With phase-one talks signed last week, China’s GDP growth in 2019 plunged to a 29-year low amid massive credit stimulus that has widely been ineffective to boost growth but has somewhat stabilized the economy.
China’s largest utility company State Grid has warned that the rate of economic growth in the country is expected to slide to 4% in the next four years.
There was even a report on Tuesday showing China has already blamed the 2020 economic slowdown on the coronavirus epidemic that has already killed nine with at least 440 people infected in the country and spreading across the region, along with a new case in the U.S.
The Communist Party of China has been quick to blame the slowdown on external factors, such as the trade war and other protectionist policies of President Trump, rather than their failures of amassing more than $40 trillion of debt, nearly 304% of GDP.
Coronavirus cases have been found in other places out of Wuhan, Hubei Province, indicating the epidemic is expanding. Concerns are mounting. It is inevitable that people will cut their trips during Spring Festival and holiday consumption will be hit.
— Hu Xijin 胡锡进 (@HuXijin_GT) January 21, 2020
Now we’re starting to get more local data, on a provincial level, that shows many regions and municipalities have cut their 2020 growth targets over the prior year, reported Reuters.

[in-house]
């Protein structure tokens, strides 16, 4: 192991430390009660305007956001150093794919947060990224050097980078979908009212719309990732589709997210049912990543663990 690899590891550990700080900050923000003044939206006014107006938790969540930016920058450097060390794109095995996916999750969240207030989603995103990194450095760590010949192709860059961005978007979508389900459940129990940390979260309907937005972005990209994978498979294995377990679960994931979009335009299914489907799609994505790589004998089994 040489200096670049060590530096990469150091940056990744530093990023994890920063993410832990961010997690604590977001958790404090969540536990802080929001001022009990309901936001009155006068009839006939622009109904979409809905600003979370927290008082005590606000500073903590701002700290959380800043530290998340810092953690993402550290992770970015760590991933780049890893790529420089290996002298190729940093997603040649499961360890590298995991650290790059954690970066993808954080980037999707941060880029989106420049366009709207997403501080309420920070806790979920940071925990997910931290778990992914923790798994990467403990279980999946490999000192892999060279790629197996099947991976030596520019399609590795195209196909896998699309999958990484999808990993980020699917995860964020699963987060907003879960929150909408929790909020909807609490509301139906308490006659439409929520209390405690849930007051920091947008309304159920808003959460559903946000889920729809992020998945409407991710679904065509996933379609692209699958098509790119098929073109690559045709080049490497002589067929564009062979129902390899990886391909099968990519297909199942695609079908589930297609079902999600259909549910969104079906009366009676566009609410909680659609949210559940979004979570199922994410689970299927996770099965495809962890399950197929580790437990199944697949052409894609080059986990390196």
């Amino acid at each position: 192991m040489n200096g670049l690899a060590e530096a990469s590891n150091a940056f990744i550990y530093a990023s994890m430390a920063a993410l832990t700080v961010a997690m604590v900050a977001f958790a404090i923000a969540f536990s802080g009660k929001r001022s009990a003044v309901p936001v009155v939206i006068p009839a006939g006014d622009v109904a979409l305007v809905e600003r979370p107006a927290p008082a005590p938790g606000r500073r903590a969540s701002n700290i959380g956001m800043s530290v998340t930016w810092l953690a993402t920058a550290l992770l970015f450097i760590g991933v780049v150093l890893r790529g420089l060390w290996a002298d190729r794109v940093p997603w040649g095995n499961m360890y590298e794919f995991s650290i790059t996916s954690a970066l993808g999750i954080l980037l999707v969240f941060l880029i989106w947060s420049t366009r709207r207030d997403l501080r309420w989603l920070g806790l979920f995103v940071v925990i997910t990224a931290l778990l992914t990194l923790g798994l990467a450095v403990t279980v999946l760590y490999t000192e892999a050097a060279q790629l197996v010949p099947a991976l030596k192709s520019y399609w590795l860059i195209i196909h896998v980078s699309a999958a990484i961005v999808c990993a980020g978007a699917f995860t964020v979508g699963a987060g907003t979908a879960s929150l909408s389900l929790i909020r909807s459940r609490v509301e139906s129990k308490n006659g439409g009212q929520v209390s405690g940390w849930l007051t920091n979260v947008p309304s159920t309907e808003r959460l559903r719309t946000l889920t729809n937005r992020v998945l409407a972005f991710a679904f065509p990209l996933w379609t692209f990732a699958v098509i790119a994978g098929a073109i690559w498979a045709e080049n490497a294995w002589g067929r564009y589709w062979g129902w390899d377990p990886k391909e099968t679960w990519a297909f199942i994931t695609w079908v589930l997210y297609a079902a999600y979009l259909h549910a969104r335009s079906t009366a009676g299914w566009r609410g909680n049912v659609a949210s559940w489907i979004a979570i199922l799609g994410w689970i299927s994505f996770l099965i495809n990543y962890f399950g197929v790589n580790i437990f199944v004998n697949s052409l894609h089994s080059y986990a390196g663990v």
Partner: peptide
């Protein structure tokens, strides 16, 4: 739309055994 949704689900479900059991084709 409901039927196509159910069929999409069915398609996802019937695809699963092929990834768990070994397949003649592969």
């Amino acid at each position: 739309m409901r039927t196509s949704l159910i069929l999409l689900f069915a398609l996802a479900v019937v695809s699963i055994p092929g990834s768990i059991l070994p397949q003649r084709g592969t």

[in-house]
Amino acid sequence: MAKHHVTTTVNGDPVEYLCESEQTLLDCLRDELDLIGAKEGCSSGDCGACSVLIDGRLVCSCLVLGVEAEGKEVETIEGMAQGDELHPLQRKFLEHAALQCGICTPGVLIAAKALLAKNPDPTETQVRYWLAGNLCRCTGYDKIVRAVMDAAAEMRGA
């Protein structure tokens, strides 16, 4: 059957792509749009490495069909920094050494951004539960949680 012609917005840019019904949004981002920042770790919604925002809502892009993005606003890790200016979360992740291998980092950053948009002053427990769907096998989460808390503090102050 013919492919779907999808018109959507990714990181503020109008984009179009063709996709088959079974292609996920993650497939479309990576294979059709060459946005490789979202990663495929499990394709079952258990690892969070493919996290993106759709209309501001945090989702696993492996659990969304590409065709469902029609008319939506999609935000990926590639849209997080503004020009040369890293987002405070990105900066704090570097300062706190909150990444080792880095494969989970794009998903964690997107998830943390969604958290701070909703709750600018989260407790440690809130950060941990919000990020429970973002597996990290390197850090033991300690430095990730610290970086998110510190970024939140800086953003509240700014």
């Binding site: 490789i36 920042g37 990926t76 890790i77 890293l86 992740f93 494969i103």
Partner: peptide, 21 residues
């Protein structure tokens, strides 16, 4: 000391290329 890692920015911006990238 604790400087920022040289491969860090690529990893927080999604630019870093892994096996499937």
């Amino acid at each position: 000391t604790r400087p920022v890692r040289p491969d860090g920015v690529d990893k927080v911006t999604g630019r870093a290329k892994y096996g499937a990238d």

About 22 provinces have slashed growth targets this year, including Beijing, Guangdong, Zhejiang, Henan, Hainan, and Fujian.
Beijing, Shanghai, and Guangdong have all cut their target of 6.5% to 6% growth to about 6% in 2020, in line with the national goal of 6%.
Local government data shows at least 11 provinces have missed their 2019 growth targets and are expected to underperform this year.
The northeastern province of Heilongjiang will range around 5% growth for this year, with the Tibet Autonomous Region to see about 9%.
Policy sources within China told Reuters that provinces would ramp up infrastructure spending to offset the slowdown.
“Much of the national slowdown last year was driven by exports which will have weighed on the south and east more,” said Julian Evans-Pritchard, senior China Economist at Capital Economics, in an email to Reuters.
China’s GDP data is often skewed – and for more color on the country’s economic activity — Fathom Consulting’s China Momentum Indicator 3.0 (CMI 3.0) shows GDP growth well under 6% and stagnating.